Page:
Index rank 109

Balance Score


Energy Sustainability Index Rankings and Balance Score

 2011  2012  2013  Trend Score
Energy Performance  108  113  121   
Energy Security  125  122  127  D
Energy Equity  76  84  87  C
Environmental Sustainability  84  87  89  C
Contextual Performance  73  69  70   
Political Strength  105  95  96   
Societal Strength  66  69  69   
Economic Strength  49  49  48   
Overall Rank  101  105  109  CCD
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Fossil Fuel Reserves

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Key Metrics

Industrial sector (% of GDP) 19.7
TPEP / TPEC  (net energy importer) 0.03
Emission intensity (kg CO2 per USD) 0.36
Energy affordability (USD per kWh) n.a.
GDP / capita (PPP, USD); GDP Group 15,449 (II)
Energy intensity (million BTU per USD) 0.12
CO2 emissions (metric tons CO2 per capita) 4.54
Population Access to Electricity (%) 99.9
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Index Commentary

Lebanon falls four places in the Index as performance declines on all three energy dimensions. The country’s rankings on the three energy dimensions are all low, with energy security almost lacking entirely. Producing a mere 3% of the energy it consumes and having no oil stocks of its own, Lebanon is heavily reliant on fuel imports and is ill-equipped to handle any potential disruptions to its energy supply. The lack of diversity of its electricity fuel mix does not help either, as the country relies on burning fossil fuels to generate 94% of its electricity. Energy equity performance is comparatively better, although the quality of electricity services is perceived to be low and getting worse. Lebanon’s environmental sustainability performance is weak as well, with notably high emission intensity and CO2 emissions from electricity generation, although the latter improves incrementally this year. Contextually, Lebanon is plagued by low levels of political stability, control of corruption, and rule of law. The country’s economic strength is its best contextual dimension, with a low cost of living and decent availability of domestic credit to the private sector. However, macroeconomic stability continues to be extremely poor.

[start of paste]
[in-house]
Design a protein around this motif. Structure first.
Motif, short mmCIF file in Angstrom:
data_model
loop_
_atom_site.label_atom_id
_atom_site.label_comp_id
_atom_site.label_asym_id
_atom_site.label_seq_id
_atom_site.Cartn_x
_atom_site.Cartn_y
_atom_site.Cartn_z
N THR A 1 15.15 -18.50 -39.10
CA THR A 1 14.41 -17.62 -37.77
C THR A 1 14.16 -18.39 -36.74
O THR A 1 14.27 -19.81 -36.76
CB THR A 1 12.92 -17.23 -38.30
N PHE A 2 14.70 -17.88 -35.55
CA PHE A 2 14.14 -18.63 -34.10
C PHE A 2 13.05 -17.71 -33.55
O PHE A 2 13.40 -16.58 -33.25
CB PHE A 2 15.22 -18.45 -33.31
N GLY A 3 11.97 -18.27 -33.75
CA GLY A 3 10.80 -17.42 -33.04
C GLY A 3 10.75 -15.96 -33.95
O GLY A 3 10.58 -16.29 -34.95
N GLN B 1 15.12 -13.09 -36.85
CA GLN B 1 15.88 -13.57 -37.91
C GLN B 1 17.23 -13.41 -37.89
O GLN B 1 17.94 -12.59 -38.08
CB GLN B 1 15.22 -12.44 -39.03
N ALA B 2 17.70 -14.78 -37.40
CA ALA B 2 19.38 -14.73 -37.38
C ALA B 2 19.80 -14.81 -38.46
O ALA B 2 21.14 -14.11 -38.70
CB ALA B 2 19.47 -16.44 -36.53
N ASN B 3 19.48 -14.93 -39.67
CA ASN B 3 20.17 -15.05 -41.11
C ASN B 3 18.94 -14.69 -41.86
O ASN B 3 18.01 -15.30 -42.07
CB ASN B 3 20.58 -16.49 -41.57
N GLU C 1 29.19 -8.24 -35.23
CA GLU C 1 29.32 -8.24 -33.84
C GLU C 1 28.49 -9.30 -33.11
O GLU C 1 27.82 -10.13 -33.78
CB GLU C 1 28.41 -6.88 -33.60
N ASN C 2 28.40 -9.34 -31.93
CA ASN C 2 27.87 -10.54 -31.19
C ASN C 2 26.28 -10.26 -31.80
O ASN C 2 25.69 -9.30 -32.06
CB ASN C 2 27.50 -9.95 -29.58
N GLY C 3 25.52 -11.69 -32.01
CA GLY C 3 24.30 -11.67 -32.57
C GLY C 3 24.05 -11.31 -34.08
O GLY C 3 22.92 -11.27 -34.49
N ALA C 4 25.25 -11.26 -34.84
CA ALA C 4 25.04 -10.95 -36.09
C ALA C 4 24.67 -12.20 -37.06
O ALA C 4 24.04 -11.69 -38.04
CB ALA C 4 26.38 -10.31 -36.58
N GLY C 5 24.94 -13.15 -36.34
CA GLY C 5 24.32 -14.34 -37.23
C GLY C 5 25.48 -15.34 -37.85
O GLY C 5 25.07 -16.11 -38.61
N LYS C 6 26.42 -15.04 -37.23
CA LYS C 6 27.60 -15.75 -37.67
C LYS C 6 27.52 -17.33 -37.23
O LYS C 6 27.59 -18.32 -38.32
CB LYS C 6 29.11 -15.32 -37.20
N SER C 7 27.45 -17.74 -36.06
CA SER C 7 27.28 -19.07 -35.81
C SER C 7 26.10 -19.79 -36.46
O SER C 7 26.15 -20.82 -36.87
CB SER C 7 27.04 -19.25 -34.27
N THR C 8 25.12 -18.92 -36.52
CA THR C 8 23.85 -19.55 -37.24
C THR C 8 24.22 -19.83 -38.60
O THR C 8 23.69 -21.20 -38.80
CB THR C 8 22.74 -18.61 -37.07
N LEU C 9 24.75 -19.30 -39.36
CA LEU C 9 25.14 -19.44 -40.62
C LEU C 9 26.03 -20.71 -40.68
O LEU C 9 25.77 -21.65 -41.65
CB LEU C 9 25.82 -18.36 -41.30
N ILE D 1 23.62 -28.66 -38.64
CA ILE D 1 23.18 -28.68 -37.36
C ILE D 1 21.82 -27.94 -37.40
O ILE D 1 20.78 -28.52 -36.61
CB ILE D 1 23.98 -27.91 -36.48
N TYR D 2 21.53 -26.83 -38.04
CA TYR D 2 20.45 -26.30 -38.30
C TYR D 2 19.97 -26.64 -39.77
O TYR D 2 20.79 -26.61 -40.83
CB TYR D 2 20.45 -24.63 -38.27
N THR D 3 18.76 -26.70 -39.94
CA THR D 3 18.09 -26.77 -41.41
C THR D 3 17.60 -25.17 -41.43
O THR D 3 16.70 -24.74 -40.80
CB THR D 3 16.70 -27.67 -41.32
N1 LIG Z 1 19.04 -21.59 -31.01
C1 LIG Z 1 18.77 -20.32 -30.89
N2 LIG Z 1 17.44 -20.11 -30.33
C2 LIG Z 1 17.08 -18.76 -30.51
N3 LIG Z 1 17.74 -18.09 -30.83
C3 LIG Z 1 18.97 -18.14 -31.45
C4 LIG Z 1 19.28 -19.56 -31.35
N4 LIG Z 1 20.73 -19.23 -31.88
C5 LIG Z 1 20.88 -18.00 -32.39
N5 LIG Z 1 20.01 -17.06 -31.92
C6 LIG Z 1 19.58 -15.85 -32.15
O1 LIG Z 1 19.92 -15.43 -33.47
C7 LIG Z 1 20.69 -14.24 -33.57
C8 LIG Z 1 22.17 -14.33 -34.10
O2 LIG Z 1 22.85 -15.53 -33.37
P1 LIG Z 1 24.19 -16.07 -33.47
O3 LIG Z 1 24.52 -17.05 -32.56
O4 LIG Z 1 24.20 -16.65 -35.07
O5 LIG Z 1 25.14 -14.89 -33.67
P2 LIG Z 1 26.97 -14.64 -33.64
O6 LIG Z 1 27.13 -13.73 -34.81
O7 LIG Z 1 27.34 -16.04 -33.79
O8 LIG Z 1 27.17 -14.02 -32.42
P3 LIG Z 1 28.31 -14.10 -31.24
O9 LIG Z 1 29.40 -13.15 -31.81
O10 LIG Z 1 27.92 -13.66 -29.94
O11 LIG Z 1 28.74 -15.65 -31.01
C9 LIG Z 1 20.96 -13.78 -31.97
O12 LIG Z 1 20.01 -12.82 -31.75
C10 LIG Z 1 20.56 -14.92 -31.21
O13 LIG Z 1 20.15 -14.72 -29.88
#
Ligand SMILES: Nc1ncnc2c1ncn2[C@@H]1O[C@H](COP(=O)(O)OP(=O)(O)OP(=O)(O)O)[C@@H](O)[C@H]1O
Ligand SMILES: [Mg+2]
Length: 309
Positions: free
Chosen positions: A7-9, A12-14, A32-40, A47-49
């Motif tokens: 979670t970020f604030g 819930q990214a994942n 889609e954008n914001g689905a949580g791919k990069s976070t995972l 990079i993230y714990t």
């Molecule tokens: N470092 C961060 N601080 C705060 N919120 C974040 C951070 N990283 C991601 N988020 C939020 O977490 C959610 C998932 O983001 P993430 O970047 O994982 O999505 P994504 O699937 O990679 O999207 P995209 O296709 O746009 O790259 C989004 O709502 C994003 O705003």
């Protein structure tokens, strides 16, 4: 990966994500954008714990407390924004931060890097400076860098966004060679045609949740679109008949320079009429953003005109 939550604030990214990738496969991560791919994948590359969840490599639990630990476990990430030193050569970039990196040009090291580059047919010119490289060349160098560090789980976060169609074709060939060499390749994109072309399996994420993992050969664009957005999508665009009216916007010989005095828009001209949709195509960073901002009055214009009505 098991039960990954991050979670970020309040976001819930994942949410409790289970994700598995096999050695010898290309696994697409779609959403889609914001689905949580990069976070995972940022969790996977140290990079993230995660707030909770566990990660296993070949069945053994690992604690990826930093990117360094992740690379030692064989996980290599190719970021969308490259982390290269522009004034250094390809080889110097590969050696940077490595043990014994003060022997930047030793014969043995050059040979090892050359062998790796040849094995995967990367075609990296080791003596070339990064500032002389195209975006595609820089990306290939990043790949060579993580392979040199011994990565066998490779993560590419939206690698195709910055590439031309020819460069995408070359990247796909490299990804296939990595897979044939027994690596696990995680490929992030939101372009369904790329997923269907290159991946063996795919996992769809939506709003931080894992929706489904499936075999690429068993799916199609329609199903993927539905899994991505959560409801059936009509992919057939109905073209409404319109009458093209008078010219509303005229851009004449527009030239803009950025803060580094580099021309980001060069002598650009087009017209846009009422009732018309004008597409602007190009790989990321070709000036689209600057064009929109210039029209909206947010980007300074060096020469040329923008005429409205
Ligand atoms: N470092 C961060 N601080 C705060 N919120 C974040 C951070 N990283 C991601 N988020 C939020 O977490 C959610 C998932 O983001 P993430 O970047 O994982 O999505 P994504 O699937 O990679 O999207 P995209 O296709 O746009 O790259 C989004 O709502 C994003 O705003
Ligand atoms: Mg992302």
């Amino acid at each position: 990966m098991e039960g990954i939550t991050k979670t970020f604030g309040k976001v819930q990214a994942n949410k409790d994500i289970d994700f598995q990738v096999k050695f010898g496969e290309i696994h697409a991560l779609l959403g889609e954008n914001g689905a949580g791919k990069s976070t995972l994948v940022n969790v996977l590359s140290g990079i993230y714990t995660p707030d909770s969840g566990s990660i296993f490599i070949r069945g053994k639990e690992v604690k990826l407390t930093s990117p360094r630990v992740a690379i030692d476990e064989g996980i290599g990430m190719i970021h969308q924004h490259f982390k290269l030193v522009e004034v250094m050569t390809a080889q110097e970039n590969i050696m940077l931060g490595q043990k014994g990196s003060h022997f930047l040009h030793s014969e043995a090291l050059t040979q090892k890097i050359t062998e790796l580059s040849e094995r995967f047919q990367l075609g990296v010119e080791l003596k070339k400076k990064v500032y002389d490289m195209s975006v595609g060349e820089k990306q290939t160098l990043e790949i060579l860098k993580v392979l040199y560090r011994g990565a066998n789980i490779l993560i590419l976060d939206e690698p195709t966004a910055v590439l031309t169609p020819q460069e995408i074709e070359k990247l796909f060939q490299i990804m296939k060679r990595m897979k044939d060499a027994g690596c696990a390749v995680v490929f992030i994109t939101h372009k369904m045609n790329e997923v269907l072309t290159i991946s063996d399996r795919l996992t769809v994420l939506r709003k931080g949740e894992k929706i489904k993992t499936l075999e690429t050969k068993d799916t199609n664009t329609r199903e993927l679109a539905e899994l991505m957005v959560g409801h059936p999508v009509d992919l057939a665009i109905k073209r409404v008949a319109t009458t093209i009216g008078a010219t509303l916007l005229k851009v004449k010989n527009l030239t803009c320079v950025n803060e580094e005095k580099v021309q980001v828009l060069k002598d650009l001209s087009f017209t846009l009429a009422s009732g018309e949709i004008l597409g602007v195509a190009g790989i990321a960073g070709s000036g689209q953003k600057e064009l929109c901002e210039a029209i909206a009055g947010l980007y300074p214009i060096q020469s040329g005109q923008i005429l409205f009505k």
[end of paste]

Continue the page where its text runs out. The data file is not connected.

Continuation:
Trends and Outlook

Lebanon has a chronic electricity supply problem. However, in 2010, the government approved a promising strategy for the rehabilitation of the power sector, including the development of energy efficiency and renewable energy. The national target is to reach 12% of renewable energy out of the total electricity production in 2020. Energy efficiency target is to minimise demand by 5% in 2015. Challenges include mainly updating the legislative framework of the power sector.

In addition to the policy paper, Lebanon is the first country in the Arab world to develop its National Energy Efficiency Action Plan (NEEAP) in 2011. Currently, the Renewable Energy Strategy is under preparation. Furthermore, Lebanon is embarking on a promising oil and gas exploration programme.

Policymakers should focus on creating an enabling legislative framework for the development of renewable energy and energy efficiency, in addition to setting clear environmental regulations for the upcoming oil and gas industry.